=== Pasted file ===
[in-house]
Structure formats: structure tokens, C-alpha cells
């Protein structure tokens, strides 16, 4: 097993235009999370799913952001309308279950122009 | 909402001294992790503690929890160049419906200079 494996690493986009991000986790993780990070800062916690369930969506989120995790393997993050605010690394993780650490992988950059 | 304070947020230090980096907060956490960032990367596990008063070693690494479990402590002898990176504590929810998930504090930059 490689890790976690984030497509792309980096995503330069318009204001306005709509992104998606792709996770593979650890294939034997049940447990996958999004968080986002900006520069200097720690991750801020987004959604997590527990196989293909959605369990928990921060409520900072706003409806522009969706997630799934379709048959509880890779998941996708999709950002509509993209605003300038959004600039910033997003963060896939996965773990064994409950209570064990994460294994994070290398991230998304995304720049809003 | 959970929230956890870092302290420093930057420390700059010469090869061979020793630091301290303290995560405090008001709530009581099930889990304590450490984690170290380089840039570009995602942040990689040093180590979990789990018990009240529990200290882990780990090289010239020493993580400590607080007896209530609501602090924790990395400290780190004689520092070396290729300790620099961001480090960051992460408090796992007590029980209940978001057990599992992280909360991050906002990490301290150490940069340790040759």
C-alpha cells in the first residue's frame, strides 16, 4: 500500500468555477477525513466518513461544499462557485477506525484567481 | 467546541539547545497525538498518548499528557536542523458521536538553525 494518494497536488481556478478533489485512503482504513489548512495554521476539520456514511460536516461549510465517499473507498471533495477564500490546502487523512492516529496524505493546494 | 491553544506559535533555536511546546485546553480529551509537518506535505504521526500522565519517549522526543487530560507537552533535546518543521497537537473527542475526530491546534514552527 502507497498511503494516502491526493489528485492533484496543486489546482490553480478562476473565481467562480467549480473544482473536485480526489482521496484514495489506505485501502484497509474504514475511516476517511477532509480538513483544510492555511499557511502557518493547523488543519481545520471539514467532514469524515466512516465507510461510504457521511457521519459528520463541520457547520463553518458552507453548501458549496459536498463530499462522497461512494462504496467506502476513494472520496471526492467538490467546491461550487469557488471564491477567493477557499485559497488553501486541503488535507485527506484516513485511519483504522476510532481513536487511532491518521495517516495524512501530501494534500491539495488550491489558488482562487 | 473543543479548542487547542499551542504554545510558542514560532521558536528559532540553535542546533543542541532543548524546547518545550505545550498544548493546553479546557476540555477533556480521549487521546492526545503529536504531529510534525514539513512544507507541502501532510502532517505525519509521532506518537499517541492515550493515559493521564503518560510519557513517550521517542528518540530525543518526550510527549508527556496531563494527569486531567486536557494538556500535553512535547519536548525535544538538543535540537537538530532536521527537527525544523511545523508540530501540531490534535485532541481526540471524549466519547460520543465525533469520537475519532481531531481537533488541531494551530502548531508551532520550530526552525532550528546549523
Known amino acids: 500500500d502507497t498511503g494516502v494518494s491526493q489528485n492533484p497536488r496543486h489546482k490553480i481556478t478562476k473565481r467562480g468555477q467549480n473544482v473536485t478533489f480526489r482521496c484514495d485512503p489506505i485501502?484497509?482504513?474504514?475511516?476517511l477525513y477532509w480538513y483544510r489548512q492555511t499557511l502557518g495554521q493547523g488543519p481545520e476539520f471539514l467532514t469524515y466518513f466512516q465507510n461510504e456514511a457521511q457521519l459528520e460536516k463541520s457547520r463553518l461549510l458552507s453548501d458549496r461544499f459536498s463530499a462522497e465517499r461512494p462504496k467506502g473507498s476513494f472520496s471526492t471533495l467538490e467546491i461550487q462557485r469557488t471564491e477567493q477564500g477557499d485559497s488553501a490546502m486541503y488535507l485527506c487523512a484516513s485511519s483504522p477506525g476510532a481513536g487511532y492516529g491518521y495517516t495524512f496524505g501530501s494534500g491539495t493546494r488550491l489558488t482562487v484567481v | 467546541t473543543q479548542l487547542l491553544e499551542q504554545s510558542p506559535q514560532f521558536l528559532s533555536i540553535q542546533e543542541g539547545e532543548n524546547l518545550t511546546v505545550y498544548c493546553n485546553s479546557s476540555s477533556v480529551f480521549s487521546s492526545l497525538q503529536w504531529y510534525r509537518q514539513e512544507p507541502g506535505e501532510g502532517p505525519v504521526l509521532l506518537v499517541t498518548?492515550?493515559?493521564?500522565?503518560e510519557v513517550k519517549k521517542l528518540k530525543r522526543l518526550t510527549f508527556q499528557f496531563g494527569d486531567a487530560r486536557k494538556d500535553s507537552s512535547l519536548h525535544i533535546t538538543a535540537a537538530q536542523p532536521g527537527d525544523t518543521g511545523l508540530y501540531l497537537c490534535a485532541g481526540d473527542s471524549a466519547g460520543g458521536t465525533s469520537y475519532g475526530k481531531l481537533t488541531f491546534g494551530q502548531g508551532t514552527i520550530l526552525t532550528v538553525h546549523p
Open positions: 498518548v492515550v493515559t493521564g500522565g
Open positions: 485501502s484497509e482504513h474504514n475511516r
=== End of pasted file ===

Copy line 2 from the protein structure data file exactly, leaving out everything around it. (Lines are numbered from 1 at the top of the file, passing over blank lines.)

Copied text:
Structure formats: structure tokens, C-alpha cells